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Why Recruiters don’t like blogging?

Statistically, less than 10% of recruiters write a blog. Less than 5% wrote more than 100 blog posts. That is one in twenty! There is a number of interesting theories why recruiters are rarely bloggers. My own opinion is that by nature of the recruitment as a business it is really about communication and social interaction. I mean recruiters are natural networkers. This is a core skill a recruiter is effectively selling in conjunction with the sales skills. Guess what, bloggers are more often than not, not so good networkers. To write a blog post you need to sit and think and write. Not really a social activity, is it? To write 100 blog posts, quite a lot of this sitting and thinking and typing is involved. And quite often a blogger needs to write a lot to perfect his technique, understand his skills and his audience before the blog gets any decent traction. And then, and only then it all changes, from the solitude to online social networking on steroids! A good niche blogger is more known and has a far greater influence than the editor of the industry magazine. It is to do with the payroll, with the freedom, with the social aspect of the blog as a publication.

The best recruitment bloggers I have seen have turned their career path completely. They blog. They teach. They train. They do not recruit any more. My best guess is that they have been in the wrong job in the first place.

I have spent my past 5 years preaching blogging to recruiters. I can tell you one thing: It was a tough 5 years! From the largest recruitment agencies to the start-ups I always had the same issue. They will be very excited about starting blogging after the training. But most of the recruiters will just get to that stage, being excited about it. But never post a single blog post. Well, one can only bring the horse to the water.

A few clients in the last 5 years have made some extraordinary successes. The one just got published yesterday: A blog post is worth €20,000 by the great Peter Cosgrove. Reading it, just makes me feel good since my last 5 years didn’t go to waste. It’s really fulfilling to see your clients doing things you thought them, and doing them right.

By Ivan |

Ivan A. Stojnanovic
Founder of Portal Ltd.
MD of and

12 replies on “Why Recruiters don’t like blogging?”

Hi Ivan,

I can totally relate to everything you mentioned. I’ve been “thinking” about writing a blog for the last 5 years. I did write one, but it stayed in draft mode. What advice could you give me to write post my first blog?… I totally want to do this.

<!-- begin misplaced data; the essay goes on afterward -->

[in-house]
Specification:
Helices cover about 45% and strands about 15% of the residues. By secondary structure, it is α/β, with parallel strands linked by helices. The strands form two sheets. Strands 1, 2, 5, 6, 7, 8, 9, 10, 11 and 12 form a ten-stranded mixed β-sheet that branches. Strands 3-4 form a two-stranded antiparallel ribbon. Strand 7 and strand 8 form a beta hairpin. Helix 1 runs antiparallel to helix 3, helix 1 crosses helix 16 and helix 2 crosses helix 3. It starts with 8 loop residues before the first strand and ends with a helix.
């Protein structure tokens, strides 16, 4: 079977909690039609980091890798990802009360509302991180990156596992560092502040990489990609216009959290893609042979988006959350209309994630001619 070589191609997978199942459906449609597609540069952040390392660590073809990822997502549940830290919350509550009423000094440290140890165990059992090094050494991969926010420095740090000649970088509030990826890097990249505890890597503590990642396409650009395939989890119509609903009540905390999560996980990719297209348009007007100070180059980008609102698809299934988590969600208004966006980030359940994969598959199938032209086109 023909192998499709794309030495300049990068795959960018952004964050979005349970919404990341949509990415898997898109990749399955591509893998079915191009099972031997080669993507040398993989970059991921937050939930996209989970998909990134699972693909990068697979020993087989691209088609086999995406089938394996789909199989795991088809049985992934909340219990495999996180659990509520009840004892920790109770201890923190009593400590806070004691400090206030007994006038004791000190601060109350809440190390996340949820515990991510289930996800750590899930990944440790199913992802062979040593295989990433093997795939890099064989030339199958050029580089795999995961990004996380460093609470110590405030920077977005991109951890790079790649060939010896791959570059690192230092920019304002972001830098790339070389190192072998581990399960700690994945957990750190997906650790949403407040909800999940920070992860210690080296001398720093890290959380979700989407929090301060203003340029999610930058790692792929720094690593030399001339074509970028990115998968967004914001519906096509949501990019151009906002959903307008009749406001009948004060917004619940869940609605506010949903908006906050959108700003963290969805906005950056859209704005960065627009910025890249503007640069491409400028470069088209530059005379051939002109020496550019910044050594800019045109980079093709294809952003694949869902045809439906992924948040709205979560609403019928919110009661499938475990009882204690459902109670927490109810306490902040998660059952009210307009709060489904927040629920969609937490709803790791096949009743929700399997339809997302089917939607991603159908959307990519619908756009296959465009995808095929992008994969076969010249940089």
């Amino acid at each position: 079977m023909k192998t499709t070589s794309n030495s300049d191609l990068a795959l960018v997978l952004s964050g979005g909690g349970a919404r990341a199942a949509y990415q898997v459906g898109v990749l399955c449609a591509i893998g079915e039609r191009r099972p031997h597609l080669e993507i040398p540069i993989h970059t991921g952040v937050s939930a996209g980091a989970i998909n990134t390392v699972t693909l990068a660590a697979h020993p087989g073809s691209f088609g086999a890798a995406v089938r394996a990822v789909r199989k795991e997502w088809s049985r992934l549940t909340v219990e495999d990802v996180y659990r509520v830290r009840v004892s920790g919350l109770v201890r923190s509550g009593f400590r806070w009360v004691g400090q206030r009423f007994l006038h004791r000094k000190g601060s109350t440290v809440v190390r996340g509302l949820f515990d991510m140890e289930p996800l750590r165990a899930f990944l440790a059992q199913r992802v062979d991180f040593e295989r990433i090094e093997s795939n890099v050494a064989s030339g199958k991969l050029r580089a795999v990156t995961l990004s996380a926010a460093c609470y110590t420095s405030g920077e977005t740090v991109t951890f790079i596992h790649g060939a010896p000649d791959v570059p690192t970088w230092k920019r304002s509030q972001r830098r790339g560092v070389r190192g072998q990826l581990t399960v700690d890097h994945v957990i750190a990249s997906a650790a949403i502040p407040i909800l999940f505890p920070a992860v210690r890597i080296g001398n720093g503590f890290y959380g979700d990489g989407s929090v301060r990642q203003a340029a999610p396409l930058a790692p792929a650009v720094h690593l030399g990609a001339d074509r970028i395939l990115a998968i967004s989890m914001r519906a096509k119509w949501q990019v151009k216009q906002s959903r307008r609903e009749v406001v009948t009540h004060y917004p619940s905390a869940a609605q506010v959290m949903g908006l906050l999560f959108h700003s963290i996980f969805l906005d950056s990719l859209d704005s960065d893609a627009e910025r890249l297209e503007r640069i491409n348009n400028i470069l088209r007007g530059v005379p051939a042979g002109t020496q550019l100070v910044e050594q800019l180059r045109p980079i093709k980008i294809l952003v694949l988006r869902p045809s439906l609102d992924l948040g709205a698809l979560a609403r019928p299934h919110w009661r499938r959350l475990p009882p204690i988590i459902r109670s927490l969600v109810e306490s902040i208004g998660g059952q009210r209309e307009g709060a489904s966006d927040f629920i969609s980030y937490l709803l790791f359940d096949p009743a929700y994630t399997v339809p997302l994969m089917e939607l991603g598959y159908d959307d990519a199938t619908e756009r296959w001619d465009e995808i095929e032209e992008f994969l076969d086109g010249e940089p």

future blogger Orlando

The reason so many recruiters don’t blog? A lot of them are semi-literate. Oh they talk a good game, I’ll give them that, but put them in front of a PC and they can’t string together a coherent sentence. Trust me on this on, I’ve met and received communications from hundreds throughout my illustrious career in HR. A mish-mash of barrow boys who weren’t good enough for the City!

@E J Pugh – well as in any profession there is those that are more and there that are less ‘professional’. The recruitment is no difference. The fact that there is no formal education to become a recruiter, anyone can become one without much training. Not surprisingly, you might get the ones who lack on some skills to do their job. They simply never got a chance to learn those.

PS. English is not my native language. My grammar and spelling is what many people laugh about. And they have all the right to do it! What I did find more often than not is that people who notice the poor grammar is the ones that do not get the meaning. Or I write about something where they recognise themselves (like your example of lack of certain skills). And trough hurts.

@Orlando – I have been training the recruiters how to blog for many years now. Some clients that become friends as well gave me a nickname ‘Ivangelist’. I guess it’s because they realised the big hurdle I have put in front of myself. My success rate in training a good blogger is actually low. I have to admit that. I guess it’s simply because I train people who while training realise that it’s not really that easy and that it does require a lot of effort. Especially to start blogging. Some trainees just find out that that blogging thing is just not for them (An easy way out? – yes for quite some of them).